The continuous beep from the alarm clock attempts to wake my husband and me at 5:00 a.m. He sits up and gets going right away. I cover my head with the warm blankets hoping to steal a few more minutes of sleep.
I drift back into a light sleep until I am startled by him shaking me under the cozy covers. Slowly, I kick my feet to the ground, stretch and yawn.
My hand fumbles on the night stand searching for my glasses and I bend down to read the clock. It is 5:20 and I spring to life. I am running late.
The first piece of business is making lunches. I open the doors to the pantry to grab what I need.
Unfortunately, what I needed was behind a glass container holding noodles and it falls from the shelf. In slow motion, I reach for it, unsuccessful in grabbing it.
My eyes are wide and my mouth twists into a small “o.” The sound of my voice screaming “noooo!” and glass shattering on tile echoes throughout my kitchen.
Now there are dry noodles and broken glass everywhere. I start to quietly curse under my breath but remind myself that a bottle of olive oil or balsamic vinegar would have been worse.
I grab the broom. As I sweep, I work the revised time line through my head. “Sweep up glass.” “Make lunches.” “Wake boys.” Get it all done before 6:00 a.m. Do I have time to pour myself a cup of coffee?
Once the mess is cleaned, I am like a robot. I grab two lunch boxes and quickly assemble (what I hope to be) a healthy and very fun lunch.
Before I zip them closed, I scribble a note with a smiley face for each of my boys. “Have a great lunch! Love, Mom” Lunches and drinks, check.
I race up the stairs, taking two at a time. I give two boys the “get up warning” and run back to my room.
I have 10 minutes to shower. I shower at lightning speed and pull on the closest clothes that I can find that still look good for volunteering at school.
I sprint back over to the boys, turning on their lights, pulling back their covers and shaking my wet hair at them. “Get up and get dressed. Breakfast in 15 minutes!”
After running back to my room, I semi-dry my hair and gather it back into a low pony tail. I throw on some light make-up and stand back from the mirror for inspection.
Okay. Get the boys.
The older two boys shuffle out from the hallway slowly and I attempt to make them go faster by breaking into a song. It doesn’t work.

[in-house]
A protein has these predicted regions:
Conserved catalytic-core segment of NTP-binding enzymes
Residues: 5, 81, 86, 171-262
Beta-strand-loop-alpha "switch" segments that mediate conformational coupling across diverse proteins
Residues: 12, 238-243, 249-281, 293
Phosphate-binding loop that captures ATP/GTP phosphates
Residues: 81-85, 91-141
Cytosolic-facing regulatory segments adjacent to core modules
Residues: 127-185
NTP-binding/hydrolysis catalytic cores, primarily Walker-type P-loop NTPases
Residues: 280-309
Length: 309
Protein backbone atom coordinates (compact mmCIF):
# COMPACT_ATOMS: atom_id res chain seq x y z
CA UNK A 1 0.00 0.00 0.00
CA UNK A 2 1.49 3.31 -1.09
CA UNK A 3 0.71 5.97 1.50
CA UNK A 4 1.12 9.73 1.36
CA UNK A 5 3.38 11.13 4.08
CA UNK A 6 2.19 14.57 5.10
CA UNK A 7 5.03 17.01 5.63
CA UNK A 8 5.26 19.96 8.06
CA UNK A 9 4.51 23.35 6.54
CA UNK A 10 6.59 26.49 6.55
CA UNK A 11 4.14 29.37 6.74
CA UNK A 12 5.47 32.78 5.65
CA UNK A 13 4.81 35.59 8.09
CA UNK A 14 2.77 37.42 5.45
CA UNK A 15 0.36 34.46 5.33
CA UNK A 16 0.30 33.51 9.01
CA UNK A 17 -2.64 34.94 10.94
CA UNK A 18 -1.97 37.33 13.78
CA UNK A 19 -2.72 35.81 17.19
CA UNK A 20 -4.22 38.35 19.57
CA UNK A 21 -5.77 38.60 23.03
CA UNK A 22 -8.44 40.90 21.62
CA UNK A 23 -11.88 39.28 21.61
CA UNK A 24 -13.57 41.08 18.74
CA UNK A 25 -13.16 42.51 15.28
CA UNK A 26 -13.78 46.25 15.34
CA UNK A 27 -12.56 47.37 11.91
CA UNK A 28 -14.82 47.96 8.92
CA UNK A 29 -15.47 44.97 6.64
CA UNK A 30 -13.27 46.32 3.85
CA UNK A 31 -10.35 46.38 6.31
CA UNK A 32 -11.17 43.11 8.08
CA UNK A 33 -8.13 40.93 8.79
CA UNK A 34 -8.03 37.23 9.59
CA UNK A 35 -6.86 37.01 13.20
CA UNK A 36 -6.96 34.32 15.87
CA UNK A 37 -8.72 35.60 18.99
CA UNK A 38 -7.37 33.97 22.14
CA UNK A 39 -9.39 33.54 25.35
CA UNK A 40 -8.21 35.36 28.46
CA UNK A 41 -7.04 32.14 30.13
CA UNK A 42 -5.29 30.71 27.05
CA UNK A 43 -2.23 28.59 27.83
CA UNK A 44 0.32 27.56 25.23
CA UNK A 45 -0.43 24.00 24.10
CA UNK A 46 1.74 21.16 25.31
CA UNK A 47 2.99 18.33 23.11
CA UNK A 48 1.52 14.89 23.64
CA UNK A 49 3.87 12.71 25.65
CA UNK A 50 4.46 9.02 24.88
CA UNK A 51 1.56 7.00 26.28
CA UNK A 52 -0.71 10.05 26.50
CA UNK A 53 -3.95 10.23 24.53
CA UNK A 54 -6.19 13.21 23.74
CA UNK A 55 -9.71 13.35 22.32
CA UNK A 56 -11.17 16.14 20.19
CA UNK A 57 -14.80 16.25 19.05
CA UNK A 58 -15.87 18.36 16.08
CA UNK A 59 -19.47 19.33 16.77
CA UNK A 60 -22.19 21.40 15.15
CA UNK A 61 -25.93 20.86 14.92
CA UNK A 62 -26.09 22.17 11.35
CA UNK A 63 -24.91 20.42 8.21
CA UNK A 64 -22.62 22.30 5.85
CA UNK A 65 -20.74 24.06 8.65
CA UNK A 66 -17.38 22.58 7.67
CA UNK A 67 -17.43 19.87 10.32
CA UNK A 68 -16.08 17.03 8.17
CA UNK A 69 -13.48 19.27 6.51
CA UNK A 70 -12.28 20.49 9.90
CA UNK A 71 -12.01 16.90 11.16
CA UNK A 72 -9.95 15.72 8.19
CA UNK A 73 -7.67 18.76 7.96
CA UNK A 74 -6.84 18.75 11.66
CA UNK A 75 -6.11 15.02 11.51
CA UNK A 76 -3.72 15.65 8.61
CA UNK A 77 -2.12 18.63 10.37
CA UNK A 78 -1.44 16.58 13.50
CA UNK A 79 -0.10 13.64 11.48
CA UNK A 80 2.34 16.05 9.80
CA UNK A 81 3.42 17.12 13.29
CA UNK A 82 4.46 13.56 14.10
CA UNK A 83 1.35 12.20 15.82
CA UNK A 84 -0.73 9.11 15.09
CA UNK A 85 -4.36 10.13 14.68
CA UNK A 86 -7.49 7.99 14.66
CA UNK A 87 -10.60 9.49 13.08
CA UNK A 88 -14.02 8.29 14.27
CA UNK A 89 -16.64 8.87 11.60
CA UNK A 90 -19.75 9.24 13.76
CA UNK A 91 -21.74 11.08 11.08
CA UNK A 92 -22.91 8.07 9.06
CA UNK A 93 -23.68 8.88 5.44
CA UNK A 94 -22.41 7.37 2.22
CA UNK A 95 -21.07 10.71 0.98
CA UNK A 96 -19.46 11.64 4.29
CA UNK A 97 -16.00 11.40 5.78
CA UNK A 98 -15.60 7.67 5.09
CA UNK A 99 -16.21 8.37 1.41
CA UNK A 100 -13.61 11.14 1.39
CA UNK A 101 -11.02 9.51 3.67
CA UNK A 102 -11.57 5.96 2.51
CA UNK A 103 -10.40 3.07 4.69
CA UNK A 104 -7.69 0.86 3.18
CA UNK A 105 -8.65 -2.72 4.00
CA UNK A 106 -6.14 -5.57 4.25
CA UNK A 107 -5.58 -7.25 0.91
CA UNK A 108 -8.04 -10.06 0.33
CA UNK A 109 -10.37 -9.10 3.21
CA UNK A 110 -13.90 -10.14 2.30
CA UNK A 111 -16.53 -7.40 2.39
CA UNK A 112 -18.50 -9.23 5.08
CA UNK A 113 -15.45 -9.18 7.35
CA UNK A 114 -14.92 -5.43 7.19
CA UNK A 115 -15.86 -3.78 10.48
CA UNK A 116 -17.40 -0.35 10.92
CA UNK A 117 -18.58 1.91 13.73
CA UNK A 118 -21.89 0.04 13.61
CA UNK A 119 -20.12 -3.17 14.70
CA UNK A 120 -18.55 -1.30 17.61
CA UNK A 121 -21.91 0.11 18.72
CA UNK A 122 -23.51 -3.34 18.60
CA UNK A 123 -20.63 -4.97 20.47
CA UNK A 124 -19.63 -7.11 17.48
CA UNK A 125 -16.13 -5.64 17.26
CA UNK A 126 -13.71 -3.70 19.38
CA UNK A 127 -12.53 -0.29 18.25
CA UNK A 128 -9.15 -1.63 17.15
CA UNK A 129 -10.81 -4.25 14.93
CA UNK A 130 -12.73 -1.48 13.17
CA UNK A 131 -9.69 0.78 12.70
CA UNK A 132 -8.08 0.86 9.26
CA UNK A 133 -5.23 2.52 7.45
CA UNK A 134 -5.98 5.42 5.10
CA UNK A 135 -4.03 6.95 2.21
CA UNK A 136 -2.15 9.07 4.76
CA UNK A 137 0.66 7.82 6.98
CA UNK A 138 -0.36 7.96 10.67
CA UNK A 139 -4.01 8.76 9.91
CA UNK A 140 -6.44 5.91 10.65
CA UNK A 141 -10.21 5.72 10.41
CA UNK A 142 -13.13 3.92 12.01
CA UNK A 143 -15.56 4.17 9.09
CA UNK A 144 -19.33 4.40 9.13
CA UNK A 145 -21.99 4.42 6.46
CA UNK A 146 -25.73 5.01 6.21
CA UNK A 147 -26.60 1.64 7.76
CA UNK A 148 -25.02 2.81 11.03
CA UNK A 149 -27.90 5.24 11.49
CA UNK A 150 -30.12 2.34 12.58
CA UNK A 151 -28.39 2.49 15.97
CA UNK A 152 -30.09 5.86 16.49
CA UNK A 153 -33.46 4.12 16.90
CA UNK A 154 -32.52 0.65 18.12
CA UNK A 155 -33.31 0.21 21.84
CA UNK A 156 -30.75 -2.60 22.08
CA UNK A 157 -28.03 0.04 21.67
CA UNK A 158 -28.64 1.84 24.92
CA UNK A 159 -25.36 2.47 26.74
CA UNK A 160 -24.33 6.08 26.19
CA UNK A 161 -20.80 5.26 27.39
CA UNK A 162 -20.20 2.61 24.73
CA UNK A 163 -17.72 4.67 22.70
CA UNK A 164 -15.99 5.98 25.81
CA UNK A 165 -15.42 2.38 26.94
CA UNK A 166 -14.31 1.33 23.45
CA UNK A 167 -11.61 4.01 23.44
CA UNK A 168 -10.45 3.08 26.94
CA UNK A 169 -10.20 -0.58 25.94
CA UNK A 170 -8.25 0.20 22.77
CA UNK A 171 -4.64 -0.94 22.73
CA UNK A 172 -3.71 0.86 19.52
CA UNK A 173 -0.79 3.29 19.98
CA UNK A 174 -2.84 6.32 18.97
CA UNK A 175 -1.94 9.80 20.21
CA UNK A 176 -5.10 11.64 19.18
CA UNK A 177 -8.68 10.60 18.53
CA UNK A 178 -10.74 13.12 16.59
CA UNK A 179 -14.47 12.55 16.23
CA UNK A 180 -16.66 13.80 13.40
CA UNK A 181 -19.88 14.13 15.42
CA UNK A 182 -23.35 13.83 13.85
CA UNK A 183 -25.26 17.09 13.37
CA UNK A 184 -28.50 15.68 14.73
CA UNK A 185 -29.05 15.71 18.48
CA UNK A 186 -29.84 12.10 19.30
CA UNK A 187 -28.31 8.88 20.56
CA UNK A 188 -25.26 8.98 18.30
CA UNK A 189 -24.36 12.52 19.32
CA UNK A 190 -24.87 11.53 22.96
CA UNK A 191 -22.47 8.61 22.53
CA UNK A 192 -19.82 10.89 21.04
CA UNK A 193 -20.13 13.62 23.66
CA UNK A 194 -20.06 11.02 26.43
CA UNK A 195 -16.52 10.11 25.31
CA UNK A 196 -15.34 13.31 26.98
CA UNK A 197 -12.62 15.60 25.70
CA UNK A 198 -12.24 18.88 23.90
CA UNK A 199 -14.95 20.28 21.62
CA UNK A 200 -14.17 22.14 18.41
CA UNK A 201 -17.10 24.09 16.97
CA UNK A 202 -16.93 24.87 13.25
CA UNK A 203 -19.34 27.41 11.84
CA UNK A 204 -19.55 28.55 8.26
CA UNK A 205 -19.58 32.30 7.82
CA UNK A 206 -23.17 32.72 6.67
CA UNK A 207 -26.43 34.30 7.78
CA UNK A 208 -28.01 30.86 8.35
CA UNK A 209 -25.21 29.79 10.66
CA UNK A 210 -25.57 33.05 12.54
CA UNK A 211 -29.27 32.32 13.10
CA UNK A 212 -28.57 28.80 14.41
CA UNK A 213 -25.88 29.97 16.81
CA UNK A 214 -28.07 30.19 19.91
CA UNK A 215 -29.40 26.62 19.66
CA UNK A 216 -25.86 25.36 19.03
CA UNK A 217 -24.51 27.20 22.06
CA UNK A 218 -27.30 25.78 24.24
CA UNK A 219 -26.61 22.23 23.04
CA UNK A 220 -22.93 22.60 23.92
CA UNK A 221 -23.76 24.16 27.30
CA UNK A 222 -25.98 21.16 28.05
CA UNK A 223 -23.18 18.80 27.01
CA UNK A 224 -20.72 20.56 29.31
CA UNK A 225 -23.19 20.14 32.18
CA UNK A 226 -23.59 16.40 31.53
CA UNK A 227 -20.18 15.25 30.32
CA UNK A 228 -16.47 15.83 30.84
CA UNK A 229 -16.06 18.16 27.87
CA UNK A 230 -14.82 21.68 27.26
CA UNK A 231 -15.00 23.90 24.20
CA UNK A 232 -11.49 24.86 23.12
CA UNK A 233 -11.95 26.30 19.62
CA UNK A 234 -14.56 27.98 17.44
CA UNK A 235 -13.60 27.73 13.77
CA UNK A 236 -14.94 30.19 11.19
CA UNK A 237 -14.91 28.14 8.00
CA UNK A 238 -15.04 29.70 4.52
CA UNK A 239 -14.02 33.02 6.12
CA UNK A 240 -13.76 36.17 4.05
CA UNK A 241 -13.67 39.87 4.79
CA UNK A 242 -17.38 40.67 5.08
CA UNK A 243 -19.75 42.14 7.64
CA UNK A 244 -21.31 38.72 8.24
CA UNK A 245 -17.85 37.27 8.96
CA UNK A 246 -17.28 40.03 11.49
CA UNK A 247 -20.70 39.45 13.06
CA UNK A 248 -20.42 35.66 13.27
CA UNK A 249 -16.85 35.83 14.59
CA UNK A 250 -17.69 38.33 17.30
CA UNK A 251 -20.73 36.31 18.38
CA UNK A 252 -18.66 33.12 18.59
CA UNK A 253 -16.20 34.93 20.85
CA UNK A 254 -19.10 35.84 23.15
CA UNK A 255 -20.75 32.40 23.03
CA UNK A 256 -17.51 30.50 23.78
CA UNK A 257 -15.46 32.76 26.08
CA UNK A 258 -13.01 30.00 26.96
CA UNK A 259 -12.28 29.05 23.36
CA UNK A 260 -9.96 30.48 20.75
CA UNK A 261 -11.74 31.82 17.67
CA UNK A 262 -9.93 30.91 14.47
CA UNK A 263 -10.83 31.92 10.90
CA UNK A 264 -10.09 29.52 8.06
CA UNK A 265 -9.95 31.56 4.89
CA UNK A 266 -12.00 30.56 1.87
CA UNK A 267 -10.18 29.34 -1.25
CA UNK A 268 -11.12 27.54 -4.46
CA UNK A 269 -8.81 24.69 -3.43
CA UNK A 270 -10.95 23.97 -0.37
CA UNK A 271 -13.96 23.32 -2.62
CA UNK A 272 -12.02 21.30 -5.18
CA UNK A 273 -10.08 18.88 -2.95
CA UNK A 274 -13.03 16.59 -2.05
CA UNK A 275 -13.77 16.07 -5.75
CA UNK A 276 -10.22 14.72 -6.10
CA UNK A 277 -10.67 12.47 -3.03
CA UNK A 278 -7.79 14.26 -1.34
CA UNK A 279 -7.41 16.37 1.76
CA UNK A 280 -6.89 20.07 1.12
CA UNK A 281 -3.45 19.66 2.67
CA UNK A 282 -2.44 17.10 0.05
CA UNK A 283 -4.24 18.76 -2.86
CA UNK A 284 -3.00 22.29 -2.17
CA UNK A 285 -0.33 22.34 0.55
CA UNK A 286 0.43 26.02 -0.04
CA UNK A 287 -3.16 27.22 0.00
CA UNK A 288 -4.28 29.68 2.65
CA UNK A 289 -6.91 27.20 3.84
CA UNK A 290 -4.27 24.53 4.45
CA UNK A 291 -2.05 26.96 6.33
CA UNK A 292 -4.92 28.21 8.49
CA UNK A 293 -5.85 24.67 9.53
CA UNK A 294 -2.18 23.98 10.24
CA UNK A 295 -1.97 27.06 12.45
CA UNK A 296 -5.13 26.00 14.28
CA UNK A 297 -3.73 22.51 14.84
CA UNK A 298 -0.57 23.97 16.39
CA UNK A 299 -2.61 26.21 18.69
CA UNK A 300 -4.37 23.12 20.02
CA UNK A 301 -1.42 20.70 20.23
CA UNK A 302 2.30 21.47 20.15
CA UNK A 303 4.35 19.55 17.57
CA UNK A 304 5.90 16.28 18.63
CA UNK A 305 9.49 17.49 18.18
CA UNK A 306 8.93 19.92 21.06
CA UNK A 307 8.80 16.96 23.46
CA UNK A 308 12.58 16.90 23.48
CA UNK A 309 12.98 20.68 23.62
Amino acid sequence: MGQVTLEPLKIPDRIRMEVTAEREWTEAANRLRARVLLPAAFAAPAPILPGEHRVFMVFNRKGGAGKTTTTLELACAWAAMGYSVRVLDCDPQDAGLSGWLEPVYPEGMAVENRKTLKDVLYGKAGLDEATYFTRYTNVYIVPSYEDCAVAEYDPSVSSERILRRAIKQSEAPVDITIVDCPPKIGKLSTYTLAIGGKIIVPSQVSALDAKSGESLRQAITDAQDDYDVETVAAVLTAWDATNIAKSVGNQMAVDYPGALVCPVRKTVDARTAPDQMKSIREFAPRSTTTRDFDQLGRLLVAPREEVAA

Another check list. “One, two ... missing one kid.”
I rush into our youngest son’s room where I am met with a big smile and warm hug. I pick him up and carry the last of the crew down to the kitchen.
Waffles are the breakfast request so I whip up a quick batch, heat up the waffle iron, and check any last pages of homework.
Everyone eats waffles and fresh fruit as I put together some snacks for my husband and pour him a cup of coffee to go. He hugs and kisses each of us before rushing out the door, briefcase in one hand, coffee in the other.
The clock is ticking. Breakfast dishes are brought to the sink and everyone starts packing up their backpacks. I still need to get my three-year-old dressed and make sure everyone brushes their teeth.
After numerous reminders, all kids are ready to load into the car. I scan the check list in my mind.
Backpacks, purse, water, snack for preschool, kids. All check, check, check, check.
Still, I feel like I am forgetting something. Finally, my growling stomach reminds me that I haven’t eaten. I quickly blend a protein smoothie to take in the car while the kids go to the garage.
And coffee to go. Please don’t forget the coffee. And gum.
We are finally all in the car, buckled in safely and on our way to school. I have a drop off at 8:00, drop off at 9:00, back to the first school to volunteer at 9:30, then back to the second school for pick up at 11:30. All that before a 3:00 pick up at the first school.
As I stopped at yet another traffic light, I began to think, "I am not so much a stay-at-home mom as I am a stay-in-the-car mom."
Edited by Jody Smith